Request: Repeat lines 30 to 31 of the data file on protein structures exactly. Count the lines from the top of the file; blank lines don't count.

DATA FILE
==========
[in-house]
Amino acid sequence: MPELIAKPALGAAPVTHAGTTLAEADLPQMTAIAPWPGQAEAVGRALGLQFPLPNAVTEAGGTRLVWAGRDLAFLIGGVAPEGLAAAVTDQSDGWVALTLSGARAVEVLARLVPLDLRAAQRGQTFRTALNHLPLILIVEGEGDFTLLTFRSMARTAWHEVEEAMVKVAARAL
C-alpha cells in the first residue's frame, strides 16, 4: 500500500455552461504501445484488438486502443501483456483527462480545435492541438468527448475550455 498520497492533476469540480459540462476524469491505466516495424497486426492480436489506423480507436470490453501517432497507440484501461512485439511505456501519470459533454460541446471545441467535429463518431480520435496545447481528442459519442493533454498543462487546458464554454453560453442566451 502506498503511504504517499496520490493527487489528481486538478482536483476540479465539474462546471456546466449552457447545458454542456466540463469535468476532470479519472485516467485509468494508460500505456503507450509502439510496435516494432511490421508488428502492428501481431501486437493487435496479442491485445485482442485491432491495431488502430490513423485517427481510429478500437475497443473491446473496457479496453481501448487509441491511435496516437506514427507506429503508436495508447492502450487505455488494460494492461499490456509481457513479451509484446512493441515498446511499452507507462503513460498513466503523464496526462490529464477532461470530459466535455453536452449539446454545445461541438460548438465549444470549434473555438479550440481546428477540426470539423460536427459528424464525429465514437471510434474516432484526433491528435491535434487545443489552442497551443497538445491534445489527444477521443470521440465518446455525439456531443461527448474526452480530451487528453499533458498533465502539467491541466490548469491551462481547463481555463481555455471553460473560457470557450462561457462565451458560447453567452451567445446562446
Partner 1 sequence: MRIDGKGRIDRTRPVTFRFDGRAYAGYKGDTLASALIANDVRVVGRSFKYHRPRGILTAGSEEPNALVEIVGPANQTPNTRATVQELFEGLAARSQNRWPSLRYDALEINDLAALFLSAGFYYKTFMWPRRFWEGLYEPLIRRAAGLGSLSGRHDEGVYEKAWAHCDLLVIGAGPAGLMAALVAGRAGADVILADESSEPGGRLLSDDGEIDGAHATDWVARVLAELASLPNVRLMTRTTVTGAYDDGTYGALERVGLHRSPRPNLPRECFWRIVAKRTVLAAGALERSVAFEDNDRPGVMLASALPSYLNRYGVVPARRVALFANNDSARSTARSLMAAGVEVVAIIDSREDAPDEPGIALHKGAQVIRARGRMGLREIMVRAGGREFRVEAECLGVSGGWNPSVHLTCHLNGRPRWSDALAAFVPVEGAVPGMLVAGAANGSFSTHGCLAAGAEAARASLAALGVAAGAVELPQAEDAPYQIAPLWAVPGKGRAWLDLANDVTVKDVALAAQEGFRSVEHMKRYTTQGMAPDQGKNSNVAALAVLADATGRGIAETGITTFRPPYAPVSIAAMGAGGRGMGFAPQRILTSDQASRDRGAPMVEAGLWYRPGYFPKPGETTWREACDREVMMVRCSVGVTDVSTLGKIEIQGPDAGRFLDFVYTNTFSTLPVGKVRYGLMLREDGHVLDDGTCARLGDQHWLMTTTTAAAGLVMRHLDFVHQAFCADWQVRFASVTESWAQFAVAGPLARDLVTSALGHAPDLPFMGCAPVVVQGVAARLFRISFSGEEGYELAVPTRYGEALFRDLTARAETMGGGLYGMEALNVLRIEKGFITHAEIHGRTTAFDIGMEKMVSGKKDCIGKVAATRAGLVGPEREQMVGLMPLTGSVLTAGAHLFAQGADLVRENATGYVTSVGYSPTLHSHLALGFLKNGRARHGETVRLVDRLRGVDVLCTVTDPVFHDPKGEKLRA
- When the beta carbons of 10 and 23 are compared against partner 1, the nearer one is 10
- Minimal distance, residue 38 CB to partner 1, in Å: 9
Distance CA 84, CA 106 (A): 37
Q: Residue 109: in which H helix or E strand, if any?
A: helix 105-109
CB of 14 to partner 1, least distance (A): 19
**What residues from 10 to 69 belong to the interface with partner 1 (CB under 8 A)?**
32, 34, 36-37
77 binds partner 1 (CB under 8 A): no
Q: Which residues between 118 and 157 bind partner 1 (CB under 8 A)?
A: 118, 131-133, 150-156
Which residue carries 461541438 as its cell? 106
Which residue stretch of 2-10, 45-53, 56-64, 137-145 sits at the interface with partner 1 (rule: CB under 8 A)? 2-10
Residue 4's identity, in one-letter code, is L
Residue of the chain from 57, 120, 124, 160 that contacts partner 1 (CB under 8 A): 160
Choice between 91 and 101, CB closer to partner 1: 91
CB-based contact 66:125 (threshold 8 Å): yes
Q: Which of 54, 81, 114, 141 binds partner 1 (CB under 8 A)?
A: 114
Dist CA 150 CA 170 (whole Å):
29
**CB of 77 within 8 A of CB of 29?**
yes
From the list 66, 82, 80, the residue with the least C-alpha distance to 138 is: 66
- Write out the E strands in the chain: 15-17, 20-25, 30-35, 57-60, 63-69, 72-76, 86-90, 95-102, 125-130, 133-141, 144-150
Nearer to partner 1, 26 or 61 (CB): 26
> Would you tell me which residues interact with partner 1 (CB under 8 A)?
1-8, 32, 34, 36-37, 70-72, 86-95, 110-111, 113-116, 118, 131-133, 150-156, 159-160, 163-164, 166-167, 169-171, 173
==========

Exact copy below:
Nearer to partner 1, 26 or 61 (CB): 26
> Would you tell me which residues interact with partner 1 (CB under 8 A)?